the tissue securing component of claim 20, the tissue securing component disposed at the distal end of the outer tube.
US13/782,008 2012-08-02 2013-03-01 Mitral valve leaflet clip Active 2035-03-22 US10105219B2 (en)

Priority Applications (2)

Application Number Priority Date Filing Date Title
US201261678850P true 2012-08-02 2012-08-02
US13/782,008 US10105219B2 (en) 2012-08-02 2013-03-01 Mitral valve leaflet clip

Applications Claiming Priority (2)

Application Number Priority Date Filing Date Title
US13/782,008 US10105219B2 (en) 2012-08-02 2013-03-01 Mitral valve leaflet clip
PCT/US2013/052843 WO2014022471A1 (en) 2012-08-02 2013-07-31 Mitral valve leaflet clip

Publications (2)

Publication Number Publication Date
US20140039607A1 US20140039607A1 (en) 2014-02-06
US10105219B2 true US10105219B2 (en) 2018-10-23

Family

ID=50026230

Family Applications (1)

Application Number Title Priority Date Filing Date
US13/782,008 Active 2035-03-22 US10105219B2 (en) 2012-08-02 2013-03-01 Mitral valve leaflet clip

Country Status (2)

Country Link
US (1) US10105219B2 (en)
WO (1) WO2014022471A1 (en)

Families Citing this family (15)

* Cited by examiner, † Cited by third party
Publication number Priority date Publication date Assignee Title
US8172856B2 (en) 2002-08-02 2012-05-08 Cedars-Sinai Medical Center Methods and apparatus for atrioventricular valve repair
AU2012212285A1 (en) 2011-02-01 2013-09-05 St. Jude Medical, Inc. Apparatus and method for heart valve repair
WO2013112797A2 (en) 2012-01-25 2013-08-01 St. Jude Medical, Inc. Apparatus and method for heart valve repair
US9610082B2 (en) 2012-01-25 2017-04-04 St. Jude Medical, Inc. Apparatus and method for heart valve repair
EP2809270B1 (en) 2012-02-02 2017-05-31 St. Jude Medical, Cardiology Division, Inc. Apparatus for heart valve repair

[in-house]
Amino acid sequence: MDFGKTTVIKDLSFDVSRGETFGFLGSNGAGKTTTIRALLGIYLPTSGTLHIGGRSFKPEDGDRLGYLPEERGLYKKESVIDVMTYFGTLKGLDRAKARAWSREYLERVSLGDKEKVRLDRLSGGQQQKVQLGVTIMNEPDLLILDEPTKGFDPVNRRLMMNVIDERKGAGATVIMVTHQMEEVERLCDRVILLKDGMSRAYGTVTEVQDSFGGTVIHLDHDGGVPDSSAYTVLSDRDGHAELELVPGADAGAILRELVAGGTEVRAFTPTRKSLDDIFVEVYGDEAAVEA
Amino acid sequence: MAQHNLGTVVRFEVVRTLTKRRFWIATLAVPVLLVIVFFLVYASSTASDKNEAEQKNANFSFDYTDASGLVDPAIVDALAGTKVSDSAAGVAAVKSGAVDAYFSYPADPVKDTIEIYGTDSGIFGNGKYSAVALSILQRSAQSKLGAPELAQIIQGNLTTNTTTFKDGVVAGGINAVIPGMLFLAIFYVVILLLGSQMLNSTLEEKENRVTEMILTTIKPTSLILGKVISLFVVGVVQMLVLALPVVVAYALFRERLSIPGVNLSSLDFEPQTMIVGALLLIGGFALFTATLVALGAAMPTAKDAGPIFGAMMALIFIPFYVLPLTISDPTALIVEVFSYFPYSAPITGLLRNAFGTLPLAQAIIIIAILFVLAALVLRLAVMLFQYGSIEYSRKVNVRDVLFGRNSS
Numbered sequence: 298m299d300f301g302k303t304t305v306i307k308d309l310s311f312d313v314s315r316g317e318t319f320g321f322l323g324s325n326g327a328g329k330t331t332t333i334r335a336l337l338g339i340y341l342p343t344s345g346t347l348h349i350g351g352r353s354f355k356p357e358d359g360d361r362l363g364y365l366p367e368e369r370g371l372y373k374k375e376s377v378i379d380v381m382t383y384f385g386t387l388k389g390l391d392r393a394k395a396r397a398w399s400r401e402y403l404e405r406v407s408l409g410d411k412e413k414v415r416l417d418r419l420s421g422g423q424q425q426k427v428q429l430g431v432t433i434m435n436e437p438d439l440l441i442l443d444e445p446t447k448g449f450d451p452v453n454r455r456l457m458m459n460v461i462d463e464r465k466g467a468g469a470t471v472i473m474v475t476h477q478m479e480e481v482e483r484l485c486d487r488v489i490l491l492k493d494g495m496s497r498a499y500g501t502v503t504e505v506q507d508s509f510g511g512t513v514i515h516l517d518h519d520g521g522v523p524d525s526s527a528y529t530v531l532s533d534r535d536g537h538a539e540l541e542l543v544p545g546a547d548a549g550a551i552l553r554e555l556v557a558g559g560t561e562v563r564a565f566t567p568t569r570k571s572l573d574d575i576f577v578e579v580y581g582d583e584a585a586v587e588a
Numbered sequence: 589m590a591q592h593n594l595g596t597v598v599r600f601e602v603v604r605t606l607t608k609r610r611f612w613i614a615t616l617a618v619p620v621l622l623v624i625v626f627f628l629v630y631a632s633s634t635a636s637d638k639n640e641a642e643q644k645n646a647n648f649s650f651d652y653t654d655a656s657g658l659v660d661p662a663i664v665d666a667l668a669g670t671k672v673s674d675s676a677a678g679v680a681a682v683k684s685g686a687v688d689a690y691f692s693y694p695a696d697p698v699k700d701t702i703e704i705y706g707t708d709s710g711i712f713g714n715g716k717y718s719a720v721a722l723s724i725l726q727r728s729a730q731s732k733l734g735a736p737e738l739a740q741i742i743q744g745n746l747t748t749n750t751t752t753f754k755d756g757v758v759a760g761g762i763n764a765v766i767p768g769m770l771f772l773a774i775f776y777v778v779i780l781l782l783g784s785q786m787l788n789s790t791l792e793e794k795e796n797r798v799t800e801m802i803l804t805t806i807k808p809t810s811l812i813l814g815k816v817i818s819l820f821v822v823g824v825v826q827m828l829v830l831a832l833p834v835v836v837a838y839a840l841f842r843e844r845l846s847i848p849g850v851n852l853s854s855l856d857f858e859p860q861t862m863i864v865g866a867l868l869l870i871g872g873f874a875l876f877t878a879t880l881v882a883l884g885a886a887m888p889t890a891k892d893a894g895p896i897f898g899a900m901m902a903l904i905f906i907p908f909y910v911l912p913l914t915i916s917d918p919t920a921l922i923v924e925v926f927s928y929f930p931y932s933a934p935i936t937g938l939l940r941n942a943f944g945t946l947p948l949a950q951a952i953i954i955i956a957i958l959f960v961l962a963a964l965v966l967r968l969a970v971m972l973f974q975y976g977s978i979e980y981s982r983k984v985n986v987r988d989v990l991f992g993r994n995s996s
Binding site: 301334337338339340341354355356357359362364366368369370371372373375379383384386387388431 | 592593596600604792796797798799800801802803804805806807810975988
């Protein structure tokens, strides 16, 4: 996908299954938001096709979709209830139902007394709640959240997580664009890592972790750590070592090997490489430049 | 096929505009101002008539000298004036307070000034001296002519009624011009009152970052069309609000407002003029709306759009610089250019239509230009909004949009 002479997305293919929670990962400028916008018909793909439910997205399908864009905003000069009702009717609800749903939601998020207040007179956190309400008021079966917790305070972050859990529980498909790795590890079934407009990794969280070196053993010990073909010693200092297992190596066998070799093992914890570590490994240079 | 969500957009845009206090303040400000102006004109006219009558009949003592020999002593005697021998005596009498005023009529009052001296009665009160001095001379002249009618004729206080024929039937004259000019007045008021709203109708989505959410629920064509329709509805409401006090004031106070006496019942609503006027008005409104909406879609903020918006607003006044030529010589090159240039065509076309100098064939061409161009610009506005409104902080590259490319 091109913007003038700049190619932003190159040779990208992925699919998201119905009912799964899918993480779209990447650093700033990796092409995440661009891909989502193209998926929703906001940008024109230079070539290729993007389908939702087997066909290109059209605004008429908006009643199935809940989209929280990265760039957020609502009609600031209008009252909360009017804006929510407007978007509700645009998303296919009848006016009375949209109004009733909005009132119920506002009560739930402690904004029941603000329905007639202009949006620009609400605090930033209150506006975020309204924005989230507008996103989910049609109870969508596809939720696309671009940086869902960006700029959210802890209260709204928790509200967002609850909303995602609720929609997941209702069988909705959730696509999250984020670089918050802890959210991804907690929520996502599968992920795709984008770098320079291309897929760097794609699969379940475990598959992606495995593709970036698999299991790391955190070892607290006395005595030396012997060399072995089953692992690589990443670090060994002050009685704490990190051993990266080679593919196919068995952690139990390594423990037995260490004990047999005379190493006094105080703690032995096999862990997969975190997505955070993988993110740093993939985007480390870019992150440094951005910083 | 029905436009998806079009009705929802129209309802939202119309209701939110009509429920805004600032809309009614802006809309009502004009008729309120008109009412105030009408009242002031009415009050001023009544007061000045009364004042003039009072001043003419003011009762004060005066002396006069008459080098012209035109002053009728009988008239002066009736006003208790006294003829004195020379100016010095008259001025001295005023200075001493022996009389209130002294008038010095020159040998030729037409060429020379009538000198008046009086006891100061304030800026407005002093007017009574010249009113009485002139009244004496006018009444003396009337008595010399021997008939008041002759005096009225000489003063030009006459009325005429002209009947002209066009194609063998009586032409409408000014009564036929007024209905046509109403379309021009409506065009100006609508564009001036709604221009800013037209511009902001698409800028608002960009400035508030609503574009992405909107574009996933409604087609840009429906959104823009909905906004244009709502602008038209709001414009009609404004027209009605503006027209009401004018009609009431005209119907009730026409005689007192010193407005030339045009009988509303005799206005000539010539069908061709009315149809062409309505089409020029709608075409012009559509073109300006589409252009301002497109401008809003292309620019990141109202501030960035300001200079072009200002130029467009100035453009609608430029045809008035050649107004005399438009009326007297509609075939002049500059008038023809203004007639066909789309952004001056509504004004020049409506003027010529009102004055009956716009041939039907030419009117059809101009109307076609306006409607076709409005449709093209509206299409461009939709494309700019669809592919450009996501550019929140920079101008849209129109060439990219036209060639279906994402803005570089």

US9254141B2 (en) 2012-08-02 2016-02-09 St. Jude Medical, Inc. Apparatus and method for heart valve repair
US10105219B2 (en) 2012-08-02 2018-10-23 St. Jude Medical, Cardiology Division, Inc. Mitral valve leaflet clip
US9662205B2 (en) 2012-08-02 2017-05-30 St. Jude Medical, Cardiology Division, Inc. Apparatus and method for heart valve repair
US9125653B2 (en) 2012-08-02 2015-09-08 St. Jude Medical, Cardiology Division, Inc. Flexible nosecone for percutaneous device
US9066710B2 (en) * 2012-10-19 2015-06-30 St. Jude Medical, Cardiology Division, Inc. Apparatus and method for heart valve repair
WO2014138284A1 (en) 2013-03-07 2014-09-12 Cedars-Sinai Medical Center Catheter based apical approach heart prostheses delivery system
WO2014138482A1 (en) 2013-03-07 2014-09-12 Cedars-Sinai Medical Center Method and apparatus for percutaneous delivery and deployment of a cardiovascular prosthesis
US9642706B2 (en) 2013-03-11 2017-05-09 St. Jude Medical, Llc Apparatus and method for heart valve repair
US9681864B1 (en) 2014-01-03 2017-06-20 Harpoon Medical, Inc. Method and apparatus for transapical procedures on a mitral valve
CN104706391B (en) * 2015-03-26 2017-06-20 诺琅医疗科技(上海)有限公司 Cutting a way suture lock washer catheter

Citations (91)

* Cited by examiner, † Cited by third party
Publication number Priority date Publication date Assignee Title
US5041129A (en) * 1990-07-02 1991-08-20 Acufex Microsurgical, Inc. Slotted suture anchor and method of anchoring a suture
US5156608A (en) 1990-07-30 1992-10-20 Hans Troidl Clip applicator for ligature clips
US5499991A (en) 1994-12-19 1996-03-19 Linvatec Corporation Endoscopic needle with suture retriever
WO1996020749A1 (en) 1995-01-06 1996-07-11 Inbae Yoon Expandable multifunctional instruments for creating spaces and obstructed sites endoscopically and methods therefor